Reprinted with permission from Media Matters.
If there is one thing that stands out about MSNBC contributor Hugh Hewitt’s brand it’s that he is desperate to be taken seriously as a conservative intellectual. But if that’s true, why did he tweet this clumsy attempt to gaslight people over what happened at President Donald Trump’s fascist rally last night?
Good for @realDonaldTrump. The chant has no place at any @GOP rally, meeting or on any conservative broadcast. Blast away at policies and outrageous ideologies. Crowds/audiences/callers should never stoop to this rhetoric of nativism. https://t.co/KjvRwXlvlf
— Hugh Hewitt (@hughhewitt) July 18, 2019
Hewitt’s acceptance and praise of Trump’s explanation is laughable. To see why, you just need to watch video of Trump’s July 17 rally in Greenville, NC, where Trump attacked Rep. Ilhan Omar (D-MN) — one of four Democratic congresswomen he had singled out for a racist rant over the weekend. As Trump spoke, many in the crowd started to chant, “Send her back.” But instead of stopping the chant, Trump paused his remarks and let the chant build for 13 agonizing seconds, before simply moving on with his remarks, still attacking Omar:
"Send her back" chant breaks out at the Trump rally when he talks about Omar pic.twitter.com/JFZHc7eaOc
— Andrew Lawrence (@ndrew_lawrence) July 17, 2019
Today, Trump told the press he disapproved of the chant and even that he tried to stop it, an obvious lie contradicted by video footage of the incident (and one that should cause some tongue twisting at Fox News, where pundits had scrambled to defend the outburst).
Despite Hewitt’s reputation for seriousness — he is a contributor to NBC’s Meet the Press and a Washington Post contributing columnist — his tweet is par for the course for him. As my Media Matters colleague Matt Gertz wrote in a June 2017 article that chronicled softball interviews Hewitt has given Trump on his radio show, Hewitt is actually no different from Trump propagandists Sean Hannity or Rush Limbaugh. Instead of being bombastic and purposefully outrageous like those right-wing pundits, “he simply puts an intellectual gloss on their same brand of partisan hackery.”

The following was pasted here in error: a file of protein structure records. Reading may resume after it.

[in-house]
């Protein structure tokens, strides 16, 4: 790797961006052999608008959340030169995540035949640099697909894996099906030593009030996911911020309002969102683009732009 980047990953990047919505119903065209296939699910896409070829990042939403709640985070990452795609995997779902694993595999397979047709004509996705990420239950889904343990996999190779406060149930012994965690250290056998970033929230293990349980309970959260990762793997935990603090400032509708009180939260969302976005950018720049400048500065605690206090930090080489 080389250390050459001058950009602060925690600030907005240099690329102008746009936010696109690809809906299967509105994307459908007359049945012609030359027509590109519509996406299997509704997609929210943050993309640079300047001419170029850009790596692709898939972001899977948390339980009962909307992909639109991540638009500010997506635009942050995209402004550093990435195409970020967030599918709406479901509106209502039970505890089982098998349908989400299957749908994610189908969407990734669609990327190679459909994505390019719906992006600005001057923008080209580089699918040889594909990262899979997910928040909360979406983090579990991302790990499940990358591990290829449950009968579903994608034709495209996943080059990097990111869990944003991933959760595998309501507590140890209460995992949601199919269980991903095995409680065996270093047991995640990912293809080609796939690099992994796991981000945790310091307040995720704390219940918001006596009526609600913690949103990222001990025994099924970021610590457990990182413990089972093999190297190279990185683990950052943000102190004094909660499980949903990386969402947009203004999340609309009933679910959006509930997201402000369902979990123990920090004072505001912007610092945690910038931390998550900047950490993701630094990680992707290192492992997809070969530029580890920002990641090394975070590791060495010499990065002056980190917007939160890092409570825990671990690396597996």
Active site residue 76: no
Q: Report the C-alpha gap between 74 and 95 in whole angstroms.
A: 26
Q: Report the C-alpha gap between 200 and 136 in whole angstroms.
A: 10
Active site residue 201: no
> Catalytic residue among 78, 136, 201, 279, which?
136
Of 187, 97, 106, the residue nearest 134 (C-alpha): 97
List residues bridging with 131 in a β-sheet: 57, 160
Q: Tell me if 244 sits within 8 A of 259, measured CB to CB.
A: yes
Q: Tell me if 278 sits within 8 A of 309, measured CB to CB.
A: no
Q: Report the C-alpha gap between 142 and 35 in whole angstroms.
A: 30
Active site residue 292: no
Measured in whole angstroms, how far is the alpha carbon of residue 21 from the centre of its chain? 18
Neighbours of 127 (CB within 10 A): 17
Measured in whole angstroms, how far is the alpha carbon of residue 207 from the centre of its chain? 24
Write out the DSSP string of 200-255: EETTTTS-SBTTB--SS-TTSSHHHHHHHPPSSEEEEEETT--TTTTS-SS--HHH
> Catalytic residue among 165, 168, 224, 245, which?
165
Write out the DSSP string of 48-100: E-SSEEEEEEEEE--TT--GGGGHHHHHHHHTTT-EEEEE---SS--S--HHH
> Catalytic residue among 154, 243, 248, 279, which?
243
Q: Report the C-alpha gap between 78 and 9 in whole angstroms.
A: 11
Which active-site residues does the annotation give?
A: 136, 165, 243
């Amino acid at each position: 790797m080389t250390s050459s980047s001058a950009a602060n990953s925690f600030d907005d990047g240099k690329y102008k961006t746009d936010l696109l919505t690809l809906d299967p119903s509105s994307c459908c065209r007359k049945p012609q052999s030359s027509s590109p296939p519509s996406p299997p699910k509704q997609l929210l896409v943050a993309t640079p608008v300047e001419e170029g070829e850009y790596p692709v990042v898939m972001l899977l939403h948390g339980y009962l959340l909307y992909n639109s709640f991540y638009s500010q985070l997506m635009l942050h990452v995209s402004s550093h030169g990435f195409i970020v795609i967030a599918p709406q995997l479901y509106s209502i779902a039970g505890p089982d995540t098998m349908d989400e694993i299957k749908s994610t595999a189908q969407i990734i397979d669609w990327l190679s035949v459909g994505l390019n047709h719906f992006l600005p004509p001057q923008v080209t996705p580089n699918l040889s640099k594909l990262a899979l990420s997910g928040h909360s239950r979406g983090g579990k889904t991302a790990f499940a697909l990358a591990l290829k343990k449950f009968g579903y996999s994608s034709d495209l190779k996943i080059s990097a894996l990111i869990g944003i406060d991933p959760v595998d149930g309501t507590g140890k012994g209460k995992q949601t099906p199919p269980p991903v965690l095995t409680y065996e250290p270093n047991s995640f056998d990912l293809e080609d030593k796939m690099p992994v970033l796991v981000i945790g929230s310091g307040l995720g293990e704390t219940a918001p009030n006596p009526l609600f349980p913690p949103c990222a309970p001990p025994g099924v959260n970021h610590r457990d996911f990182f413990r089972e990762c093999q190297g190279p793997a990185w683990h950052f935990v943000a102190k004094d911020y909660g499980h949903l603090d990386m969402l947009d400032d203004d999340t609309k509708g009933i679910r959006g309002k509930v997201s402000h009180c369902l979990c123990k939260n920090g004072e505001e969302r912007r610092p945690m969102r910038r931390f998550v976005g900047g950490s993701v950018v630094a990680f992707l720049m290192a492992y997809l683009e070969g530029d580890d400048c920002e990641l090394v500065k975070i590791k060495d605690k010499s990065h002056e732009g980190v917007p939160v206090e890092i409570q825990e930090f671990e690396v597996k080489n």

As Gertz documented, Hewitt has actually been incredibly useful to Trump, stepping in to defend him when the president is at his most unhinged:
In recent weeks, while pundits who share Hewitt’s reputation for erudition have castigated the president as dangerously unlearned and incurious, Hewitt has instead stood alongside the president’s media sycophants, laying down cover fire for Trump. Hewitt supported Trump’s firing of FBI Director James Comey, who was investigating his campaign’s connections to the Russian government; he downplayed reports that Trump had revealed highly classified information in a meeting with Russian officials; after numerous outlets reported that Comey had kept notes of a meeting with Trump in which the president suggested he halt an investigation into a Trump aide, Hewitt’s focus was on whether Comey, not Trump, had behaved appropriately.
Despite his calm and moderate facade, Hewitt has connections to far-right extreme rhetoric. He is a close friend of far-right pundit Kurt Schlichter. As documented in The Bulwark, Schlichter is the author of a racist novel series that imagines a second civil war in the United States where the U.S. government deputizes Black people on government assistance to violently persecute white conservatives. (Importantly, Schlichter has written that he sees his novels not merely for entertainment but as an actual premonition of what he thinks will happen in the U.S.) The series contains a number of direct parallels to The Turner Diaries, an infamous white nationalist novel that inspired Timothy McVeigh to bomb a federal building. In a laudatory blurb for these novels, Hewitt wrote, “Schlichter puts a whole flight of Black Swans in the air –each of them plausible– and the result is a riveting, page-turner, and a demand from Schlichter for…more.” What’s more, Hewitt has allowed Schlichter to guest host his Salem Radio Network show nine times this year, and in some instances Schlichter has used the spots to promote his book series.